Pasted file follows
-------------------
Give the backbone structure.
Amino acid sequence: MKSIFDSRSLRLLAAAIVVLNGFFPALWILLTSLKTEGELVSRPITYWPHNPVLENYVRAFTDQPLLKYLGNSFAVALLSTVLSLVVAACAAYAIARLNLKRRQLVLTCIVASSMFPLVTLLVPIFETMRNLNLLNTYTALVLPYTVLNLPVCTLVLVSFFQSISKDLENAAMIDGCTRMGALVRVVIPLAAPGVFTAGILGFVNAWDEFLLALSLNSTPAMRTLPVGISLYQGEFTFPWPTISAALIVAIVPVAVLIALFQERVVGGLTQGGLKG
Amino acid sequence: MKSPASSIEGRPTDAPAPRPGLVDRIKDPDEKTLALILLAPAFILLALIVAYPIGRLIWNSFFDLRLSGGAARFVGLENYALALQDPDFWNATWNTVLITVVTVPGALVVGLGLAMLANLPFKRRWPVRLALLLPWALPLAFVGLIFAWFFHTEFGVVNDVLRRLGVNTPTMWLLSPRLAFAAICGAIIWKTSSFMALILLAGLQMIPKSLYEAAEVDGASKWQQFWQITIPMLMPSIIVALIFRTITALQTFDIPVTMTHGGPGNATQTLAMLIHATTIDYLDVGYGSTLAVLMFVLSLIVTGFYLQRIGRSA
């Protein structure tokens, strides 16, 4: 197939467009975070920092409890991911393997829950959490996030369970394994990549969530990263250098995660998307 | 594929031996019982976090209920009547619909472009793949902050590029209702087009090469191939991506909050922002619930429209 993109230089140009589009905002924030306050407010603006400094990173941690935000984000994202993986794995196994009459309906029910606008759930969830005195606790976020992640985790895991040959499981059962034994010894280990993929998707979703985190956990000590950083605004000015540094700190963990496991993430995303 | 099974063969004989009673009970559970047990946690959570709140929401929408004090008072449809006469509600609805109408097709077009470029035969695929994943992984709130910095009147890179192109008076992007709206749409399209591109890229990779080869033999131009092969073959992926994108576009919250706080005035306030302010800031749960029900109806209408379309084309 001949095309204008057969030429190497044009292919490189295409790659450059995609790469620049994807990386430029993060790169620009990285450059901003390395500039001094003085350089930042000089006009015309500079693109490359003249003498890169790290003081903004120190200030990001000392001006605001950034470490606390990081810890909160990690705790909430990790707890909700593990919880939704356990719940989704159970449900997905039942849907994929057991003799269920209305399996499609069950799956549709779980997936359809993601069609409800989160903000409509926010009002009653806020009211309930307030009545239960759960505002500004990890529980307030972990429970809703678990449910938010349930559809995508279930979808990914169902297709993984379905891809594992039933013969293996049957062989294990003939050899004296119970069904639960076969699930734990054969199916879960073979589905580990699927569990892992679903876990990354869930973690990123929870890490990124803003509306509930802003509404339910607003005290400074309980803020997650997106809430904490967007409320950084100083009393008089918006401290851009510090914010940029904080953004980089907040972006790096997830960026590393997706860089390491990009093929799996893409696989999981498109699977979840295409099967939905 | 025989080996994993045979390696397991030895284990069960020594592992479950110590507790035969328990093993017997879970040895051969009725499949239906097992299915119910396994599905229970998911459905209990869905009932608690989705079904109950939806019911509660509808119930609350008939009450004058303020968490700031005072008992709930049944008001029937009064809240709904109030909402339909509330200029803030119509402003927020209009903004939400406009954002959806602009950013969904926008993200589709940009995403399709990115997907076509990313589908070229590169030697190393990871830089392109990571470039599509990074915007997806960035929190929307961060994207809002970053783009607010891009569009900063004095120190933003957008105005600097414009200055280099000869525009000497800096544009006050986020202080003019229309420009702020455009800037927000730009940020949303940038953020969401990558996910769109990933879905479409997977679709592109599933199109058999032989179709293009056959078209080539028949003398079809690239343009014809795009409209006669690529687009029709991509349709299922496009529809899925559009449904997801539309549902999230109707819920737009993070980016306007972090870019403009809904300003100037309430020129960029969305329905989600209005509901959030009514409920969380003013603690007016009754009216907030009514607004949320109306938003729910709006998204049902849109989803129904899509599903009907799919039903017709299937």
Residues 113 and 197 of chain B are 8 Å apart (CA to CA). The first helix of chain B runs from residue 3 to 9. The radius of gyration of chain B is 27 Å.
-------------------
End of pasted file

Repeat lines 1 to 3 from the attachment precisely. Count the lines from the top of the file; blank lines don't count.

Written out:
Give the backbone structure.
Amino acid sequence: MKSIFDSRSLRLLAAAIVVLNGFFPALWILLTSLKTEGELVSRPITYWPHNPVLENYVRAFTDQPLLKYLGNSFAVALLSTVLSLVVAACAAYAIARLNLKRRQLVLTCIVASSMFPLVTLLVPIFETMRNLNLLNTYTALVLPYTVLNLPVCTLVLVSFFQSISKDLENAAMIDGCTRMGALVRVVIPLAAPGVFTAGILGFVNAWDEFLLALSLNSTPAMRTLPVGISLYQGEFTFPWPTISAALIVAIVPVAVLIALFQERVVGGLTQGGLKG
Amino acid sequence: MKSPASSIEGRPTDAPAPRPGLVDRIKDPDEKTLALILLAPAFILLALIVAYPIGRLIWNSFFDLRLSGGAARFVGLENYALALQDPDFWNATWNTVLITVVTVPGALVVGLGLAMLANLPFKRRWPVRLALLLPWALPLAFVGLIFAWFFHTEFGVVNDVLRRLGVNTPTMWLLSPRLAFAAICGAIIWKTSSFMALILLAGLQMIPKSLYEAAEVDGASKWQQFWQITIPMLMPSIIVALIFRTITALQTFDIPVTMTHGGPGNATQTLAMLIHATTIDYLDVGYGSTLAVLMFVLSLIVTGFYLQRIGRSA